I am years past caring who wins the Oscars, but I remain a total sucker for watching the event every year. Because, you never know. A Hollywood workhorse like Jack Palance may finally get the nod and do something incredible like a one-armed push-up that a smart host like Billy Crystal could riff on the rest of the night. The nominee-cam might catch a loser cursing when that undeserving ingénue wins instead. Someone might trip on all of the unctuous ruffles that seemed to have attacked everyone's gowns this year.
But the one thing you can almost always count on at the Oscars is that the documentary film winners are the likeliest to make a political statement that will make everyone uncomfortable and cue the orchestra for an early speech cut-off. But I have to say even I wasn't expecting someone to hold up a sign with a short code in the middle of an acceptance speech. When Participant Media's documentary on dolphin killing in Japan, "The Cove," won in its category, one of the filmmakers held up a sign on stage with a mobile call to action: "Text Dolphin to 44144." You gotta love the fact that in the midst of multi-million-dollar fashion and beauty spots at this advertising "Super Bowl for women," someone manages to slip in a low-res text ad in the margins of the show.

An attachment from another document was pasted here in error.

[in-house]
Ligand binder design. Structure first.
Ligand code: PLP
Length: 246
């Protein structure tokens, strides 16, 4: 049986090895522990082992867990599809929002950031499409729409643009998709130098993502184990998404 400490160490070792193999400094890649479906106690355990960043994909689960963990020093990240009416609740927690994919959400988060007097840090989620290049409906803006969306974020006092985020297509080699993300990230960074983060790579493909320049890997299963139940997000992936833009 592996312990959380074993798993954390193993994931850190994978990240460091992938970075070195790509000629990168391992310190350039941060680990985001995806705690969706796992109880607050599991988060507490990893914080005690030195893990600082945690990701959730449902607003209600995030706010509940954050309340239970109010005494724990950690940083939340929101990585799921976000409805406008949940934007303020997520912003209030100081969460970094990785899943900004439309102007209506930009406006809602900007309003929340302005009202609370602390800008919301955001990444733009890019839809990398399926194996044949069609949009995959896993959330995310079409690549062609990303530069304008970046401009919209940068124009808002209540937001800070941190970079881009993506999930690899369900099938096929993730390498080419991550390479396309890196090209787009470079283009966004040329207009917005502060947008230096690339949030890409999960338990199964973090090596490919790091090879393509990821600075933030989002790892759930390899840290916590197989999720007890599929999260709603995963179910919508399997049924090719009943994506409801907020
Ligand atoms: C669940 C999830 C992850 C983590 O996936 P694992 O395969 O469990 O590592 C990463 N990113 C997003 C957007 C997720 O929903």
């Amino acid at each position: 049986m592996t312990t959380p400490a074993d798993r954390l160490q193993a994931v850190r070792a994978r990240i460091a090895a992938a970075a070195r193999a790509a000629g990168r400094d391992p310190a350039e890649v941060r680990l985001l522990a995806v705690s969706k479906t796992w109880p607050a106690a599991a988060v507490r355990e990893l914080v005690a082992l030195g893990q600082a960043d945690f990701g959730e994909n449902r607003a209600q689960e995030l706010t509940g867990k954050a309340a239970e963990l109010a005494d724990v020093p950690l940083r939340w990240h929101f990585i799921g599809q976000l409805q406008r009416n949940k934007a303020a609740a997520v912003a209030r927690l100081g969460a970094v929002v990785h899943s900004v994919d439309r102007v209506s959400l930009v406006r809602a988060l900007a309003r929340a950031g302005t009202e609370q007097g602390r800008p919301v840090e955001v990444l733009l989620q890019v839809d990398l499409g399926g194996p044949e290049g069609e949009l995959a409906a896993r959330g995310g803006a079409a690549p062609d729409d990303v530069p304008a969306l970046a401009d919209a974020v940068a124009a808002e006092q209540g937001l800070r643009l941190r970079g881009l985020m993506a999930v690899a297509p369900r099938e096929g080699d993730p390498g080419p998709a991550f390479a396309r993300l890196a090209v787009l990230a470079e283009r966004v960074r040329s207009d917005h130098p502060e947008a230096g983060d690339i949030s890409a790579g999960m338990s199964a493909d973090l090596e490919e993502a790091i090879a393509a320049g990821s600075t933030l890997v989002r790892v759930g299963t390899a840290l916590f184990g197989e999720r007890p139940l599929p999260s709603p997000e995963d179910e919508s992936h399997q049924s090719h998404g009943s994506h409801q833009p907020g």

"We knew they were going to do that," says Matt Silk, SVP Waterfall Media, the company that managed the SMS campaign for Participant. "We didn't know that the Oscars would not like it, but we knew they were going to push the envelope. We were ecstatic." The text campaign is to sign a petition to stop the dolphin massacre the film chronicles. The show's producers quickly panned away from the sign as the winners were ushered off stage and the orchestra swelled, but their work had been done. "We saw a steady stream of subscriptions coming in for the next five hours," says Silk. "The last time I checked they had jumped 30% to 40%." But the unanticipated value-add came from Twitter. Hundreds of Tweets mentioned the short code and slammed the Oscars for cutting short the call to action. It kept the meme alive into the next day.
Silk says that the Oscar stunt actually embodied a full-bore SMS strategy the company has taken with the film. It is losing no opportunity to get the shortcode out. "What made this successful is that they really thought through all the different channels and media," he says. The mobile call to action was seen during the film's screenings and at the various awards it garnered. At the end of the new DVD release of the film, viewers are again prompted. Part of the point of the film and all the media surrounding it has been to get people to sign a petition that is going to President Obama and the Japanese ambassador. The call to action returns a link to a mobile petition site with a simple form fill-in.
Silk says that this was all about the simplicity and the ubiquity. Building a subscriber list requires more than token mentions of a short code. "You have to embrace mobile," he says. "You have to build it into all the different places and take advantage of all the different media."
Obsessive? Maybe. Strident? Of course. Impolite at the Oscars? Well, yeah -- but otherwise we are left with those three other tedious hours of predictable fare. And there certainly is a lesson here for that world of brand marketers who think a shot code bug on the lower left of a print ad is really "doing mobile."